Reading Terminal Market

Reading Terminal Market


Notice: Trying to get property of non-object in /usr/home/readingterminal/public_html/readingterminal.pairserver.com/joomla2014/components/com_easyblog/router.php on line 66

Warning: A non-numeric value encountered in /usr/home/readingterminal/public_html/readingterminal.pairserver.com/joomla2014/libraries/cms/pagination/pagination.php on line 131

Market Blog

A blog about what's happening at Reading Terminal Market.

“A Dozen Reasons Why Even Oyster-Eating Newbies Should Get on Board with OysterFest,” by Carolyn Wyman

OysterShucker

Reading Terminal Market’s annual OysterFest has become a destination event for oyster aficionados around the Mid-Atlantic.

The festival might seem less obviously appealing to someone who has never eaten a raw oyster, either because they don't patronize restaurants that serve them, don't find the idea of eating raw oysters immediately appealing or are unsure and embarrassed about how to eat them.

But none of those things need be barriers to your attending OysterFest 2017 on October 6. Read on to find answers to these issues and nine other good reasons why you should attend.

  1. Oysters are delicious. “The freshness, the saltiness – eating an oyster is like being transported to the sea,” says oyster grower and eater Lisa Calvo of Sweet Amalia in Cape May, N.J., one of 12 oyster brands to be featured at OysterFest. Brent Cossrow, vice-chairman of Reading Terminal Market's Board of Directors and partner at Fisher & Phillips LLP (Lead Sponsor of OysterFest) loves oysters' flavor, texture and direct connection to nature. "Even as a child I was captivated by the idea that you would open the shell and there would be the food. It's that simple and wonderful."
  2. Oysters are nutritious, containing lots of protein, iron, omega-3s, antioxidants and vitamins and minerals -- especially zinc -- packed in a mere 9 or 10 calories.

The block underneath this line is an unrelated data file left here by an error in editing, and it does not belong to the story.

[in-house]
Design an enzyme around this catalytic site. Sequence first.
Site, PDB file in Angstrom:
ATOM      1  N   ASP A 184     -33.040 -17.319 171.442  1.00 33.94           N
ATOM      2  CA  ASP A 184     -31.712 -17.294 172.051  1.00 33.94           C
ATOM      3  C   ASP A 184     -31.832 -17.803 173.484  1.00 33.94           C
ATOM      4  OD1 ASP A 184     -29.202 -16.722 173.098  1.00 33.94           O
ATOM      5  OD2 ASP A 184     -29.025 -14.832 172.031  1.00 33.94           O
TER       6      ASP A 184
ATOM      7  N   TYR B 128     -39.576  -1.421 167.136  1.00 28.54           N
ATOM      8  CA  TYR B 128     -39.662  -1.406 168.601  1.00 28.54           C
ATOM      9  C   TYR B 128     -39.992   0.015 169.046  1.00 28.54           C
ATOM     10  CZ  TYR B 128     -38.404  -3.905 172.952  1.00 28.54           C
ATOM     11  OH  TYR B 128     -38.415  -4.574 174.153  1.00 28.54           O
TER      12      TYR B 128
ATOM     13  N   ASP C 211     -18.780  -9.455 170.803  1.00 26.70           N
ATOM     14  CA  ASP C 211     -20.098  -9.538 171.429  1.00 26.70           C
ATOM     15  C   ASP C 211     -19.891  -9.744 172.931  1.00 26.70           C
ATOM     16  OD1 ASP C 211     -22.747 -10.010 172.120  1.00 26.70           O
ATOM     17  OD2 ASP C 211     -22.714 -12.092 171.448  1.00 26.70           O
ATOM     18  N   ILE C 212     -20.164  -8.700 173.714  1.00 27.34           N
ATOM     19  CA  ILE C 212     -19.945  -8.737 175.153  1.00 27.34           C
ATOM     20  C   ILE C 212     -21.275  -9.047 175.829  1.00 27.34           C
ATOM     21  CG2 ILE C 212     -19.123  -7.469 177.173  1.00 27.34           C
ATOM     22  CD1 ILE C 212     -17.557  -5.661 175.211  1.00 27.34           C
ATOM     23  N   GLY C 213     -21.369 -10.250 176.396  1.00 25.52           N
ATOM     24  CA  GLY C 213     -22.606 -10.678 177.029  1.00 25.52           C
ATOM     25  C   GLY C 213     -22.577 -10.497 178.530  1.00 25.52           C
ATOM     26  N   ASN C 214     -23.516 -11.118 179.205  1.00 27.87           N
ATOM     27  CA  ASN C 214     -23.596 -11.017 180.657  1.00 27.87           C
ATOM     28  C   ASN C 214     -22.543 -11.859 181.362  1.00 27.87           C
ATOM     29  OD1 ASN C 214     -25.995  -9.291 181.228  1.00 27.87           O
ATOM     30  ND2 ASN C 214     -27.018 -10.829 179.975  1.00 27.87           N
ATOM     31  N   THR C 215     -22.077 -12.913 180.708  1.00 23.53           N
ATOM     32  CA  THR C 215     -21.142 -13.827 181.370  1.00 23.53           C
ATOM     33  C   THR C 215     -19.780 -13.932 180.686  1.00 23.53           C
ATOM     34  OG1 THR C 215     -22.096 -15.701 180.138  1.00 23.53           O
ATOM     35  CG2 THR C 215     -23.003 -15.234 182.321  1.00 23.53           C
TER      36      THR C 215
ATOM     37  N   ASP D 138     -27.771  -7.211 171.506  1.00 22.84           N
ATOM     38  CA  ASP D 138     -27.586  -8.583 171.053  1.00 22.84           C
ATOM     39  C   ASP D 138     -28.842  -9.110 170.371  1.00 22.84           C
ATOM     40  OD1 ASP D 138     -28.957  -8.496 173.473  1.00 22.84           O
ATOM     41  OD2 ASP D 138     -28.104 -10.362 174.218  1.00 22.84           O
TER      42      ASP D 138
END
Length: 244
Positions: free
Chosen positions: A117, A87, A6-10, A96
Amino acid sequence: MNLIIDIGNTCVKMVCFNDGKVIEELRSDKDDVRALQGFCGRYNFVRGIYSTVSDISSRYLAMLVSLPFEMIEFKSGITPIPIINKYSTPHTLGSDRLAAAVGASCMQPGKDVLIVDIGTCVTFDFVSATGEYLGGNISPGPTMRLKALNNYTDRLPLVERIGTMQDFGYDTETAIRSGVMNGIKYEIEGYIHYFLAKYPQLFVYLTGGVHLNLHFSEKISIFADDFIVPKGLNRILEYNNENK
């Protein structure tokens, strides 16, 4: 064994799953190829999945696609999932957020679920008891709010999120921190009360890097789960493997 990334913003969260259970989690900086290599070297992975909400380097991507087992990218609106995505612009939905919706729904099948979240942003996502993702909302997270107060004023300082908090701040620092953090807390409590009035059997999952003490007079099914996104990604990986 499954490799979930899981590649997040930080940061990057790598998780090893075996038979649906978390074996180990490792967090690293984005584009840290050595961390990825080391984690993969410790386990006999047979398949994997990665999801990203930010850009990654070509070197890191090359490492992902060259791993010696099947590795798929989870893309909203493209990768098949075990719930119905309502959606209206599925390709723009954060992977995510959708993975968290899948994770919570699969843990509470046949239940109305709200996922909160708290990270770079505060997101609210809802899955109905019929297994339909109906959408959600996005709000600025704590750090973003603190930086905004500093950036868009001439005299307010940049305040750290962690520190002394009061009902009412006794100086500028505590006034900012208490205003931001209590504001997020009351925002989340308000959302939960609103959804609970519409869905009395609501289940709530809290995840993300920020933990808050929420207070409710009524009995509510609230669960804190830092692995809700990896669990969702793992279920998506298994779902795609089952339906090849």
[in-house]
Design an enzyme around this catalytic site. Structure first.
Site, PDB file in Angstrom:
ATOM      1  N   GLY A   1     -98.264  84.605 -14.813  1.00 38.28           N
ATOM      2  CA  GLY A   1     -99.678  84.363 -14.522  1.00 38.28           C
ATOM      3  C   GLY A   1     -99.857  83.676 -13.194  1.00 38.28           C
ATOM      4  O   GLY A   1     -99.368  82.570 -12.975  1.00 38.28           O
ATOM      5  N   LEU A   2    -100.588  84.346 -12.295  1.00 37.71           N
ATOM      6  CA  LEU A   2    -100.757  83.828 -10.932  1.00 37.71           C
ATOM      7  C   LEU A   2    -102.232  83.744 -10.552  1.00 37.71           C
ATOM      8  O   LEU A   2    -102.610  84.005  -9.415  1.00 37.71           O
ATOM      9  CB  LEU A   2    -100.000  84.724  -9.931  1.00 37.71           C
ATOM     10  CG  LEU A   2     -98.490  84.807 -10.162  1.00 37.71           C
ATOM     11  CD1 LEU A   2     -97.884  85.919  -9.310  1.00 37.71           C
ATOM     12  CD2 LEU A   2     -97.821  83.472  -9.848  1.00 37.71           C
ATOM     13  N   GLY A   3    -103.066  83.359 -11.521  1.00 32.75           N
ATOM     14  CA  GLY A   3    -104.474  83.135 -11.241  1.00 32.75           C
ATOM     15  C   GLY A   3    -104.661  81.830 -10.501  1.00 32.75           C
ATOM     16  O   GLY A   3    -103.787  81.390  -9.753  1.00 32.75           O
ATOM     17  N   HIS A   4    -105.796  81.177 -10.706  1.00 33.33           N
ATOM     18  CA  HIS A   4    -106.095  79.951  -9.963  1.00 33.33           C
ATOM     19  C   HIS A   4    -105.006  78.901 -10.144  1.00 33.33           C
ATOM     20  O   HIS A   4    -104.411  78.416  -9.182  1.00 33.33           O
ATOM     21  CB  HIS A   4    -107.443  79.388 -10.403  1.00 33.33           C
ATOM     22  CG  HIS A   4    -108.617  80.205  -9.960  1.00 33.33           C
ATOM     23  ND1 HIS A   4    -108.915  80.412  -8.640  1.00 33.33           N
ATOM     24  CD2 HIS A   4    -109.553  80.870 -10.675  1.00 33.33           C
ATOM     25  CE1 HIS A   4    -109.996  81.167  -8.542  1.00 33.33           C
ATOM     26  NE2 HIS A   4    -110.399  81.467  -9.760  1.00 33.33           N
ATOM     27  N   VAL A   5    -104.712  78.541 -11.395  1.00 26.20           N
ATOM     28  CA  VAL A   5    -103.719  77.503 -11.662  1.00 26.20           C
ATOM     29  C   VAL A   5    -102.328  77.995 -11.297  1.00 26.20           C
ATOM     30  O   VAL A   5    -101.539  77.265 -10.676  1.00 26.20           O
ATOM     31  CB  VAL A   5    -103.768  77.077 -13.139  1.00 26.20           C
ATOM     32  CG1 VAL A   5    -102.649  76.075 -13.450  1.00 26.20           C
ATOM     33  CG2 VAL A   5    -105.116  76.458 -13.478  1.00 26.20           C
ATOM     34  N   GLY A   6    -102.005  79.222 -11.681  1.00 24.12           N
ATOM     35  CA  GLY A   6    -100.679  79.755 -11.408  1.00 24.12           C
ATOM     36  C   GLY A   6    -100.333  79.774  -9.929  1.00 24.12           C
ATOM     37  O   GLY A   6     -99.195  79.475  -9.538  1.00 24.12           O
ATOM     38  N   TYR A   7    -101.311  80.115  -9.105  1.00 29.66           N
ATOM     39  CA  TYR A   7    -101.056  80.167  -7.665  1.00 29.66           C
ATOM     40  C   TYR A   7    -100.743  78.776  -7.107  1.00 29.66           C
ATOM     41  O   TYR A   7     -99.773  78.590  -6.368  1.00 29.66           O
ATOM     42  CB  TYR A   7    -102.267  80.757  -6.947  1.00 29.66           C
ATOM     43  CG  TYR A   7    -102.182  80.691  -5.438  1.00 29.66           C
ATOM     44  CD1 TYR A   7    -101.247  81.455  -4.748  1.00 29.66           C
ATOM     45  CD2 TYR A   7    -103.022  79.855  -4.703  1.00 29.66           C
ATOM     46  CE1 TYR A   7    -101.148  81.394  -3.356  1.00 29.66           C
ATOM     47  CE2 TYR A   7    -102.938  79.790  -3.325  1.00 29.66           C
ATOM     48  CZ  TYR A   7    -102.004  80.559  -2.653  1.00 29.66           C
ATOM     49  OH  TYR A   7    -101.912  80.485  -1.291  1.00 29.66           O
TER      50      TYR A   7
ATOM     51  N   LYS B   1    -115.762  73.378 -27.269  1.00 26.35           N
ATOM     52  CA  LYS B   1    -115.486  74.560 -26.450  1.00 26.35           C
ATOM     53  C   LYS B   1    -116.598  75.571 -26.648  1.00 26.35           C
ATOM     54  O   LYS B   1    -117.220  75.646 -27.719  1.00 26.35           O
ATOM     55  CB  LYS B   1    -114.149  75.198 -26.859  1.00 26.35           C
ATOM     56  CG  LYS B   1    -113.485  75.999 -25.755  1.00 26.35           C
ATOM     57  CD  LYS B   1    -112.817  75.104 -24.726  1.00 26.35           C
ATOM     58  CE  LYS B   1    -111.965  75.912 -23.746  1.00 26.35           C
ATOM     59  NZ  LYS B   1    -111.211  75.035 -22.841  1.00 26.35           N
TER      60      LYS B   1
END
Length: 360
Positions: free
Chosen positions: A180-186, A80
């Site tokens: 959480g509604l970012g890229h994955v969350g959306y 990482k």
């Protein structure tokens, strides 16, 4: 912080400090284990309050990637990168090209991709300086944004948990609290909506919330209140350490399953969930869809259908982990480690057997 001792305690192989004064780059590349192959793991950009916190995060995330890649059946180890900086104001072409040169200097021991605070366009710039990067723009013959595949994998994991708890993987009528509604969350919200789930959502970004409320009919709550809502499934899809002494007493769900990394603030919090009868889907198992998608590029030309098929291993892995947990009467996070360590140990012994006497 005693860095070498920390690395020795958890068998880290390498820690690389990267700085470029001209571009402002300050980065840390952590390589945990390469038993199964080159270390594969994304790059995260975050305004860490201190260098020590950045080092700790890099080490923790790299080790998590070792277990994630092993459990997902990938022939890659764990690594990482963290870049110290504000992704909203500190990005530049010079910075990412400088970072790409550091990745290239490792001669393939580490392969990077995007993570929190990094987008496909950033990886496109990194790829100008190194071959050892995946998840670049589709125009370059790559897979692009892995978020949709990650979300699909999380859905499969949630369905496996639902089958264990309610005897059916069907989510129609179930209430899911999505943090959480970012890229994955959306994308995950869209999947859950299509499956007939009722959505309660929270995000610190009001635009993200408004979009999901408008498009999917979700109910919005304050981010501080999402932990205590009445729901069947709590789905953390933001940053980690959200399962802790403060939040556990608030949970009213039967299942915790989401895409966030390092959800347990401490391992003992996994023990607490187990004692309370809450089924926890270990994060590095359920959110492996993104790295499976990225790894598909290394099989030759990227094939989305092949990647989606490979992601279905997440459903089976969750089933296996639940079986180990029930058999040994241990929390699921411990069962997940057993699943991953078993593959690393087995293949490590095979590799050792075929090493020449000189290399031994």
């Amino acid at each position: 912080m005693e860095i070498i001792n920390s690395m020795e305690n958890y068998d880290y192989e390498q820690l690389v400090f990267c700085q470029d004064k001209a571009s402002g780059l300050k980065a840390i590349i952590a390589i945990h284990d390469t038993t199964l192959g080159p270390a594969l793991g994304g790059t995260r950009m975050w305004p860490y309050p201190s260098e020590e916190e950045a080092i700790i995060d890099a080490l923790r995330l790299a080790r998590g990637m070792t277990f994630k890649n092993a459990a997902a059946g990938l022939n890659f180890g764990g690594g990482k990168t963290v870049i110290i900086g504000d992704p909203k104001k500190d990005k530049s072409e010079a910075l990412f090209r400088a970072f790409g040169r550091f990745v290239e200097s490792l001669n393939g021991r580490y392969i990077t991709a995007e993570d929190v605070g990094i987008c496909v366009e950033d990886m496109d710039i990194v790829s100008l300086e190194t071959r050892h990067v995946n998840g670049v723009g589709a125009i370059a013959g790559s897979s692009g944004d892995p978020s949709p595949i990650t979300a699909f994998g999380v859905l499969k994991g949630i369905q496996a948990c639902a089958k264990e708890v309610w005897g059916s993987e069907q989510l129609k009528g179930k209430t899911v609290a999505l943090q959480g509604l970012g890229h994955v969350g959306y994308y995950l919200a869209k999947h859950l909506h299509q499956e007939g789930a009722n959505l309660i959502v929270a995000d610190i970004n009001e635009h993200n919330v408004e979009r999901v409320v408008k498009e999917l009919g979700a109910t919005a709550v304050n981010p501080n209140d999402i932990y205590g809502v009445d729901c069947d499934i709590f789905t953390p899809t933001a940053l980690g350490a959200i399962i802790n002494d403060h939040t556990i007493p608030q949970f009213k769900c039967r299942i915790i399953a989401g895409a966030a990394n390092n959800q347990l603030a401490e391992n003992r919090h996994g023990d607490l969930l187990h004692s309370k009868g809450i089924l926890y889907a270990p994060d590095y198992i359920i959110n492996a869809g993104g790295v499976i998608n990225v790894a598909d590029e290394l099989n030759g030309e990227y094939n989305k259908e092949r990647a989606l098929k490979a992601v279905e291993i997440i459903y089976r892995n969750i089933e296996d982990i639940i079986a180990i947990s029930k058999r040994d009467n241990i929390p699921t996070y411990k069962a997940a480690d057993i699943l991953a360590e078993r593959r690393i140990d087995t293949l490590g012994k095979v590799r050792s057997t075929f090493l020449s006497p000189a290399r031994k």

3. Eating raw oysters is easy for oyster virgins who follow the following simple tips from the experts: Start with small milder-flavored oysters like ones from Cape May then work your way up to the bigger, chewier ones, raised in or near the ocean, with their stronger flavors.

           "Texture is the thing" in a lot of food aversions, according to Jane Kauer, a Philadelphia-based anthropologist (and Market            shopper) who studied picky eaters at the University of Pennsylvania. And some people will see raw oysters as slippery                  and slimy.

           One technique to combat that advocated by neuroscientist Darya Rose of the Summer Tomato blog is to think of foods                  that have a similar texture that you do like: say, the wonderful grilled onions that are put on steak sandwiches at Carmen's            and Spataro's and By George's, or over-easy eggs served at the Down Home Diner or the Dutch Eating Place.

           Still can't imagine yourself eating raw oysters? Picture another person eating them from several different "camera" angles            is a technique drawing on feelings of empathy and identification that has worked at overcoming food aversions for some              hypnotherapy patients. The circumstances in which people first encounter a food can also affect whether they respond to              a foodstuff positively or negatively and Reading Terminal's OysterFest is a fun time with beer.

          The experts are split on the use of toppings like cocktail sauce, horseradish, lemon and mignonette (a sauce of shallots,               vinegar and pepper) that will be available at OysterFest. David Braunstein of Pearl's Oyster Bar, the oyster maestro of                   OysterFest, thinks it can be as useful as cream and sugar is for coffee-drinking beginners in getting people acclimated to             new flavors. But Calvo believes (and Cossrow agrees) that you should "just go for it" more or less plain. As chef/TV food               show host Anthony Bourdain says: "Your body is not a temple, it's an amusement park. Enjoy the ride."

          As for oyster etiquette: Use the supplied cocktail fork to separate the meat from the shell, but simply tilt the shell into your             mouth to eat, so as not to miss the flavorful liquid (so good that it's called liquor). Braunstein recommends chewing even               the smallest oyster once or twice before swallowing, also to extract maximum flavor.

  1. Oyster-eating is not dangerous for normal, healthy people. That old rule about only eating oysters in months with an R in them is related to summer algae blooms and attendant toxins and dates back to when oysters were mainly harvested in the wild. Today most oysters are farmed in an industry that's heavily regulated for food safety. So eating oysters in R months is now mainly important because oysters fattening up for the winter are plumper and tastier. And OysterFest is being held in an R month!
  2. Eating raw oysters could make you seem brave and exciting, at least to people who haven't read above point numbers 3 and 4.